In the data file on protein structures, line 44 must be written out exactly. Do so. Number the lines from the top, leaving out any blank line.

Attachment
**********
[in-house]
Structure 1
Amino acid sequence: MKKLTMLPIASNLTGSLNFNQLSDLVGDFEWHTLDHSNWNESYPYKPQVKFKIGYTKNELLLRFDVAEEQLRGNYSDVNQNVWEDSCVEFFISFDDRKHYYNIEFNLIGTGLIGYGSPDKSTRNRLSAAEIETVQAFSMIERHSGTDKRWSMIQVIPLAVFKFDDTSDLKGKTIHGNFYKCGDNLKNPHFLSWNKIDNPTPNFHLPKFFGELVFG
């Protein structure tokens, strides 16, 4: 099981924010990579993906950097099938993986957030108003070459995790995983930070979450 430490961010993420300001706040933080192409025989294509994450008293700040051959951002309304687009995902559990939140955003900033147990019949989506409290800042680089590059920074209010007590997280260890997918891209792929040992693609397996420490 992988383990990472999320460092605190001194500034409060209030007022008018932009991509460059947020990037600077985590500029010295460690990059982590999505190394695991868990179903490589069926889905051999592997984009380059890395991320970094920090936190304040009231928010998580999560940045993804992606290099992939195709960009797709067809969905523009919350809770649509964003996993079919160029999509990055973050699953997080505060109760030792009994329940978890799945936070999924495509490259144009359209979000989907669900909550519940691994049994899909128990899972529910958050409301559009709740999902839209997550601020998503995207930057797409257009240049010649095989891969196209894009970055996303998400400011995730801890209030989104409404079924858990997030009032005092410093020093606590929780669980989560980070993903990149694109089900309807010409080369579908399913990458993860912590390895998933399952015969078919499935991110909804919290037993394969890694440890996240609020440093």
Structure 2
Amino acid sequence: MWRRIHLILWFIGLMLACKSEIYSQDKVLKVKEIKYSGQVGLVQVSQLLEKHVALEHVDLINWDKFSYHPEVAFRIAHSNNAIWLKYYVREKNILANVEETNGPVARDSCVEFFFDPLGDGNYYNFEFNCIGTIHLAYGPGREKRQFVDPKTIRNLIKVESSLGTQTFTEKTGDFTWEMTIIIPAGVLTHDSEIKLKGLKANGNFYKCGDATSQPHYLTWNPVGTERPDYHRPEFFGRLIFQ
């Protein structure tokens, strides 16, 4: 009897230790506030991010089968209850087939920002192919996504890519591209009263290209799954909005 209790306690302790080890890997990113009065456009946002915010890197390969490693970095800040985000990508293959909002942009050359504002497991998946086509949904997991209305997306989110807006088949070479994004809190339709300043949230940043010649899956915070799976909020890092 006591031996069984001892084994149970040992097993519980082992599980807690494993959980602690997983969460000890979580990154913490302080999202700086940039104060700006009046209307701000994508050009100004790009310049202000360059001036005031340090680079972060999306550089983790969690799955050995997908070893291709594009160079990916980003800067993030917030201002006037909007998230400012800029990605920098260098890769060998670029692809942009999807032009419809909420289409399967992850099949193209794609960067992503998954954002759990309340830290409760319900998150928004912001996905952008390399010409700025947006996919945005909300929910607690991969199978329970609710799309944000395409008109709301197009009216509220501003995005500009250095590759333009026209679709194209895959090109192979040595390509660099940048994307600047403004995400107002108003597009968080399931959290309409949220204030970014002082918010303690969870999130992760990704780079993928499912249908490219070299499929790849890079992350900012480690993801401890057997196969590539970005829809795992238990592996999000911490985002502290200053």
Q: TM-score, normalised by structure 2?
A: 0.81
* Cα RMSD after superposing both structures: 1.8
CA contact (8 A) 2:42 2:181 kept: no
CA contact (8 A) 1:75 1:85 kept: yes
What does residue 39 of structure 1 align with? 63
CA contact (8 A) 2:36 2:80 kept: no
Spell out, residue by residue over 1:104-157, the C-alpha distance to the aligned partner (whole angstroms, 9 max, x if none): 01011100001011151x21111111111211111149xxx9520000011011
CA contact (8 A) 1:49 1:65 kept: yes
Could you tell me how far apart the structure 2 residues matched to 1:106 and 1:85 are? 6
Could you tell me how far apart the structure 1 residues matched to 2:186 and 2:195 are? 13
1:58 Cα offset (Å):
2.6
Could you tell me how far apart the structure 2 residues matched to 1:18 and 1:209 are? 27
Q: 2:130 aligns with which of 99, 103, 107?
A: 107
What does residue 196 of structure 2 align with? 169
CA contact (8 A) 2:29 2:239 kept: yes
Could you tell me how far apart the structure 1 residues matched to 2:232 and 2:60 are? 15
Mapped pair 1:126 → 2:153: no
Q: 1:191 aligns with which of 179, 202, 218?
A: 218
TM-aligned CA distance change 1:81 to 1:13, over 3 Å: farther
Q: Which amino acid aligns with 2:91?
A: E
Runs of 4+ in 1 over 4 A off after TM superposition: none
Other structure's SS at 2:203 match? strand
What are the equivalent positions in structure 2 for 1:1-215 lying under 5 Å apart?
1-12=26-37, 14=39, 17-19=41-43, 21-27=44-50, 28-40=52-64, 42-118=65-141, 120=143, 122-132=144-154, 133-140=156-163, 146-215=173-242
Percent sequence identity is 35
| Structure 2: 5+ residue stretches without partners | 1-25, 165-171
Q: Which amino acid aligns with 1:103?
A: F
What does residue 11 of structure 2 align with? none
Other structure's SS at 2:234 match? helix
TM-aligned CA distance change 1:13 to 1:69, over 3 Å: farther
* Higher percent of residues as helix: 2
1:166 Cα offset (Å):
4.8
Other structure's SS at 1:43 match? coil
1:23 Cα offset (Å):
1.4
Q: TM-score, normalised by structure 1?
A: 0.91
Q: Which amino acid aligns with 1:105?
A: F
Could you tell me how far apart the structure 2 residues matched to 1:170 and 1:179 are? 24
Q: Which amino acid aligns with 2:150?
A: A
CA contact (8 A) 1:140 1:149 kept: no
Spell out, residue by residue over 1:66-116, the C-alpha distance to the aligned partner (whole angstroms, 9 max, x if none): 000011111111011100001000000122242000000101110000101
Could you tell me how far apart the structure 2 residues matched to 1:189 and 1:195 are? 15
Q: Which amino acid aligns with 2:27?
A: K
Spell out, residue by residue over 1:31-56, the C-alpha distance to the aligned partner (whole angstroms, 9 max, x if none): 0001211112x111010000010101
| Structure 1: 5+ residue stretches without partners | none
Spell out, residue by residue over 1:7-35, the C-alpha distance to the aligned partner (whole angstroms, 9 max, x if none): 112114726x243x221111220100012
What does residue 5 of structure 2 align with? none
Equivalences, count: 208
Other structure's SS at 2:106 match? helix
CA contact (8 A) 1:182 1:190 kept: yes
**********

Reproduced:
* Higher percent of residues as helix: 2